Recent Bombings:

The bombings in Saudi Arabia demonstrate the degree of freedom of movement al Qaeda enjoys in that, their home, country. After a firefight on 6 May, and a week-long manhunt for nineteen specific fugitives by Saudi authorities, al Qaeda seems to have employed that same cell to carry out these suicide attacks. The Saudi government reports, through the AP, that at least some of the nineteen men they have been seeking were involved, and may have been killed, in the attacks.

The Saudi soldiers who fought off the suicide bombers at length deserve praise: the short firefight seems to have been the reason for the low death toll, as it alerted sleeping families to the danger and allowed them time to fly. The intelligence and investigative wings of the Saudi government, though, are largely nonfunctional.

Far more important in the war on al Qaeda are the two recent bombings in Chechnya. The first bombing in particular was a crippling strike to Russian efforts in the region. Directed against the intelligence service tasked with leading the war against terrorists in the region, the strike destroyed their headquarters and killed at least fifty-nine people. A similar attack in Lebanon in the 1980s killed only a handful of CIA officers, but because they were the men with decades of experience in the region, the men who knew everyone and everything, operations never recovered from the loss. We don't know who was killed in this strike, as to whether they were the top men or not. At the least, massive amounts of documentation, computers and files have been lost. If they got some of the leading officers as well, it may ruin the Russian offensive.

The Russian government has linked that bombing to the one in Arabia, without direct evidence but for good cause. They were not perfectly coordinated, but al Qaeda's ability to coordinate internationally appears to be degraded. Meanwhile, we know that al Qaeda is heavily involved in the Chechen cause, which has for many years been both a recruiting tool and a training ground for them. With the destruction of Afghanistan, it is reported that Qaeda camps have been erected in Chechnya. The Center for Defense Information puts the number of terrorists trained there at about 350.

The Chechens are more likely than al Qaeda to use woman mujahedeen, as in this morning's attack. You will remember that the Russian theater seized by Chechens saw the use of women militants as well: in fact, it was originally reported to be a team solely composed of suicidal women guerrillas, come to die to avenge their fallen husbands. The fight in Chechnya has been especially ugly, and has generated large numbers of women (and men) who have suffered rape and other forms of "shaming" at the hands of Russian soldiers. Dying in battle cleans such shame as nothing else: as Alexandre Dumas wrote in The Count of Monte Cristo, "Blood washes away dishonor."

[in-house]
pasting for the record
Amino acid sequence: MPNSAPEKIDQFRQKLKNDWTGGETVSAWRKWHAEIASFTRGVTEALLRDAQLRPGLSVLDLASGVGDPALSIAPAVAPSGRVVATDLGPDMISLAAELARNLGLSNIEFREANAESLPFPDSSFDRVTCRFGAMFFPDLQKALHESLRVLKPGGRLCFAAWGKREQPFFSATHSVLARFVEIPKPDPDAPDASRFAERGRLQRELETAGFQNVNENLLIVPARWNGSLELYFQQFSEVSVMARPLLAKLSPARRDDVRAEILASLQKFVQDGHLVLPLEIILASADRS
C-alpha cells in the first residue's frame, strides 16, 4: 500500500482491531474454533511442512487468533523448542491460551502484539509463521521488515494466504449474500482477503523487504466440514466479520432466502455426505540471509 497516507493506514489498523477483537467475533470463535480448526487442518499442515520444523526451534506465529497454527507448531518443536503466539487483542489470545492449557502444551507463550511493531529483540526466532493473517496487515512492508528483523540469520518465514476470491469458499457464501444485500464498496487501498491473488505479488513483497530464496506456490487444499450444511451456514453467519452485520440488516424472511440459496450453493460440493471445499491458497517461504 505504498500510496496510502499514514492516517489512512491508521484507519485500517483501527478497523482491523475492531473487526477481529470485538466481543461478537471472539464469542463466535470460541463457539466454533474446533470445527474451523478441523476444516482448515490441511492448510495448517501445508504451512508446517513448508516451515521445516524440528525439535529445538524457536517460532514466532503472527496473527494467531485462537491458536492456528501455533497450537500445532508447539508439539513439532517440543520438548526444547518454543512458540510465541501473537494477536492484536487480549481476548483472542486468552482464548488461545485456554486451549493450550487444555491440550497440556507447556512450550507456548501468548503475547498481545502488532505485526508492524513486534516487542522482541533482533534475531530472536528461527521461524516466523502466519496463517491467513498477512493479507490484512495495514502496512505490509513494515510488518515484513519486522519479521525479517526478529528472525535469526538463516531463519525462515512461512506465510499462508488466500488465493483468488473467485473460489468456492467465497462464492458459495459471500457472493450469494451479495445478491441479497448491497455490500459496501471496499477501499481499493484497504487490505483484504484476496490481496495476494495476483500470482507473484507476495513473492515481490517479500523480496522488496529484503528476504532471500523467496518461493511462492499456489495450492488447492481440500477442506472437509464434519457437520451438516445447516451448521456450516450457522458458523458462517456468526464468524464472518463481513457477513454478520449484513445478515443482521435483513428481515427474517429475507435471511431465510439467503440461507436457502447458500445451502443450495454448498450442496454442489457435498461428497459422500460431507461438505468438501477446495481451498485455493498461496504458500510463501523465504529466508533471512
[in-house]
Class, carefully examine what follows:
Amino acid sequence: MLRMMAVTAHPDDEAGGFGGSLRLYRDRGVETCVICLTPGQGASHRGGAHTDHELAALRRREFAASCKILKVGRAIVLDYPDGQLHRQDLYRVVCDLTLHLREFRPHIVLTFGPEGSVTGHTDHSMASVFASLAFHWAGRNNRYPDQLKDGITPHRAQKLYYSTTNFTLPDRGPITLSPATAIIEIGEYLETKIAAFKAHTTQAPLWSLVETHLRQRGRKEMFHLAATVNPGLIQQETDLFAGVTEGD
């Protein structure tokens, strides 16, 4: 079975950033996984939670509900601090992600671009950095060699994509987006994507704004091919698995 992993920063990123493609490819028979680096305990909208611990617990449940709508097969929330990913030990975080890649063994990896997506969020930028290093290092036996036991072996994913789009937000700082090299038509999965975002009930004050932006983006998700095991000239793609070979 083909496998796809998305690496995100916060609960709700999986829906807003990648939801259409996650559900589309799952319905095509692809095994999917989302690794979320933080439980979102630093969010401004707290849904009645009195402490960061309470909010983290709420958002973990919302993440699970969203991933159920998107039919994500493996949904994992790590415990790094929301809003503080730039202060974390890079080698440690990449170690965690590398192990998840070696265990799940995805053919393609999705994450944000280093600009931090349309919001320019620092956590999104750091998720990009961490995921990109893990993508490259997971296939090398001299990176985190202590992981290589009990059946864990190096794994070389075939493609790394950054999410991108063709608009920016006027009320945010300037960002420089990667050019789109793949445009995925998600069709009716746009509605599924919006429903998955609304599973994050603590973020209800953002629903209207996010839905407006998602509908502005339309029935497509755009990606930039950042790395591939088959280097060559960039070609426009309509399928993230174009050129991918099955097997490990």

The opportunity for the United States is to offer help to the Russian government, conditionally. With their intelligence capacity blunted, and the situation destabilizing, they may be willing to accept. In return for a strong policy against rapes and other shaming attacks, and a commitment to a form of Chechen autonomy and the protection of their rights, we could offer to share intelligence resources and even commit special operations troops operating from Afghanistan to the elimination of al Qaeda and other militant camps in Chechnya. Right now al Qaeda has a free hand in the area, which is protected by its ownership by a weak former superpower: strong enough that we can't invade without permission, but too weak to deal with the threat alone. In return for seeing the Chechens treated decently, we ought to help the Russians eliminate our common foes.

A shocking admission:

From the C.I.A.'s Center for Intelligence Studies. This comes as part of a long article called "The Intelligence Community: 2001-2015."
Now we are facing the same reality that confronted the Soviets: technology is, and has always been, ideologically neutral. It benefits anyone with access and means. This simple fact now represents an enormous challenge to US intelligence.

The technology used by the Intelligence Community has become antiquated. New solutions remain undiscovered and new funding will take time to have an effect. This is a strange and unprecedented condition for the United States, long accustomed to having technology as an ally.
How has it happened that the CIA has lost its technological edge? Since so much of the intelligence budget is hidden, we can't really know if it is underfunding.

It is likely, though, that the real problem has been bureaucratic overload. Intelligence is best run on a venture-capital model, which rewards risk and encourages innovation at all costs. The CIA's culture was originally heaviliy influenced by its founder, "Wild Bill" Donovan. But Wild Bill is long gone, and the American intelligence community is now flush with bureaucrats who have never been field operatives (cf. See No Evil by R. Baer). Bureaucracies make change difficult and ponderous. That's fine if you're trying to work a field that benefits from a reliable approach. Intelligence, though, demands high risk in order to reap its rewards, and there is nothing more risk-averse than a bureaucracy.